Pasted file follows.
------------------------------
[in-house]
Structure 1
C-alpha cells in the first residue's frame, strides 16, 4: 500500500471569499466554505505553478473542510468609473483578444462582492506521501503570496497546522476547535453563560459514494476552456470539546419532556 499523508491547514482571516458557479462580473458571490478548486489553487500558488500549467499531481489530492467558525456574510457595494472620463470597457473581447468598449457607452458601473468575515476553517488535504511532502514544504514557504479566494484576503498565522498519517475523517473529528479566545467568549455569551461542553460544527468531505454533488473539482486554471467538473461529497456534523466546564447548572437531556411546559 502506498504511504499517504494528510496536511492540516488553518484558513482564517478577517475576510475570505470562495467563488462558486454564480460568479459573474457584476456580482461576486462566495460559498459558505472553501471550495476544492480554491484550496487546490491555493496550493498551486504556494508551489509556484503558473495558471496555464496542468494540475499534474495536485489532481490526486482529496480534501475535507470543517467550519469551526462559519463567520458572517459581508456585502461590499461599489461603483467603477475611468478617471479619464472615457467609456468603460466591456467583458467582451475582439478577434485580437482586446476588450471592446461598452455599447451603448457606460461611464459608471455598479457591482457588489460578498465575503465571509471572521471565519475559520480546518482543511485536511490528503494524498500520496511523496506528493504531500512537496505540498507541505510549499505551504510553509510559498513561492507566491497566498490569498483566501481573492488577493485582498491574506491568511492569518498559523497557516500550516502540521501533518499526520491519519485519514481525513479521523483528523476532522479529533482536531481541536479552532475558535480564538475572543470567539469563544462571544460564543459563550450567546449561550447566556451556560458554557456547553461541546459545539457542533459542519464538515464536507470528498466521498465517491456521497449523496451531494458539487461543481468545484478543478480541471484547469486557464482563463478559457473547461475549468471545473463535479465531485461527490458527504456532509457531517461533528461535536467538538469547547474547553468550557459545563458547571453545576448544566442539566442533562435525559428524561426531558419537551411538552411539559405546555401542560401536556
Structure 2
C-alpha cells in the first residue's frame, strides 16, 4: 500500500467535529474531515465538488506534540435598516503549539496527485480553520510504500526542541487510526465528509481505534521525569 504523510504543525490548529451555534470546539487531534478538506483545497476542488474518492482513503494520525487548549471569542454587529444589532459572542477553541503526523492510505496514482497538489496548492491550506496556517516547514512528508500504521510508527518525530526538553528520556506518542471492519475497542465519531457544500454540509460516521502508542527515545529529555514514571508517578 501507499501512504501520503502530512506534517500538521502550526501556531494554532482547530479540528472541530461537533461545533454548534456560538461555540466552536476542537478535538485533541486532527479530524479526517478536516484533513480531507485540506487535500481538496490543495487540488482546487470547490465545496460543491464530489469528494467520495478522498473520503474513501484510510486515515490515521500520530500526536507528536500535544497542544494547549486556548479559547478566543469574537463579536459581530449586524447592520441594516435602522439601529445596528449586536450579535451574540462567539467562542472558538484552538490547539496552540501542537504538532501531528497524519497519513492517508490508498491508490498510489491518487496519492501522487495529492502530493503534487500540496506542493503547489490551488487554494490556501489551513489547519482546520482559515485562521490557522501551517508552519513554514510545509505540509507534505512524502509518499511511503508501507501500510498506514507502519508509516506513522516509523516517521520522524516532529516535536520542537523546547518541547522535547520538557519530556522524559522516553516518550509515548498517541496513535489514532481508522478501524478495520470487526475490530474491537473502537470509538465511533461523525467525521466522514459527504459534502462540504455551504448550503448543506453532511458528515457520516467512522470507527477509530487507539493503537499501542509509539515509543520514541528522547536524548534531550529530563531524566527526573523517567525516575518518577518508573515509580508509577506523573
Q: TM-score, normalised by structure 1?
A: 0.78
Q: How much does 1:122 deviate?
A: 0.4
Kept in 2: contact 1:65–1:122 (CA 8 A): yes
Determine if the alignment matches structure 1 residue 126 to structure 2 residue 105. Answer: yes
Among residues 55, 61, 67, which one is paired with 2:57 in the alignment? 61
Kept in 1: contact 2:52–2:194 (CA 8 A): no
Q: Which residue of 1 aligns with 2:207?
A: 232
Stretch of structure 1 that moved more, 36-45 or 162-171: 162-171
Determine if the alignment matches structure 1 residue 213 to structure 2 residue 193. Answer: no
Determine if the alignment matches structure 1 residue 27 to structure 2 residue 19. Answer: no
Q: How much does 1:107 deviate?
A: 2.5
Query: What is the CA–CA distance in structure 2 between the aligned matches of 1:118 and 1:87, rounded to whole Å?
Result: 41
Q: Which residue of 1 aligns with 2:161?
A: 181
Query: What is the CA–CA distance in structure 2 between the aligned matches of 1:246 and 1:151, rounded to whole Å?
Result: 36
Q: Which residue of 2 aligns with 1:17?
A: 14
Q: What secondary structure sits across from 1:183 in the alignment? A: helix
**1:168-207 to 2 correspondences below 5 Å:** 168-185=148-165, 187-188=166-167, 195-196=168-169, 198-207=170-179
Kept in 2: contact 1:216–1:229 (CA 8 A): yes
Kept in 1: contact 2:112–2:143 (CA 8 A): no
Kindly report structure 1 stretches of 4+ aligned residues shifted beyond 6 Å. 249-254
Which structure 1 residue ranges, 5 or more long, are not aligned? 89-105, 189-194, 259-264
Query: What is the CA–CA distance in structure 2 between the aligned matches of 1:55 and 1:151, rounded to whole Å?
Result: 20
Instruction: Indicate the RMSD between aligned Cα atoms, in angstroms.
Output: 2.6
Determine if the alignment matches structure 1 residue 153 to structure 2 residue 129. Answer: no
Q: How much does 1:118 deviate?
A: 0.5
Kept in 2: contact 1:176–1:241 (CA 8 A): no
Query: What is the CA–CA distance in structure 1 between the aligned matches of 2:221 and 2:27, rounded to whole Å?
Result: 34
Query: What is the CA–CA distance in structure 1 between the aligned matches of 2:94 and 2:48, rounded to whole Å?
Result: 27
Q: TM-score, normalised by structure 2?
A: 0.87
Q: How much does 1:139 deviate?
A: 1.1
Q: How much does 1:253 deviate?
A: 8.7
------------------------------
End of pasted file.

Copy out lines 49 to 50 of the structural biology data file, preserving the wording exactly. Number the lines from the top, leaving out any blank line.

Q: How much does 1:139 deviate?
A: 1.1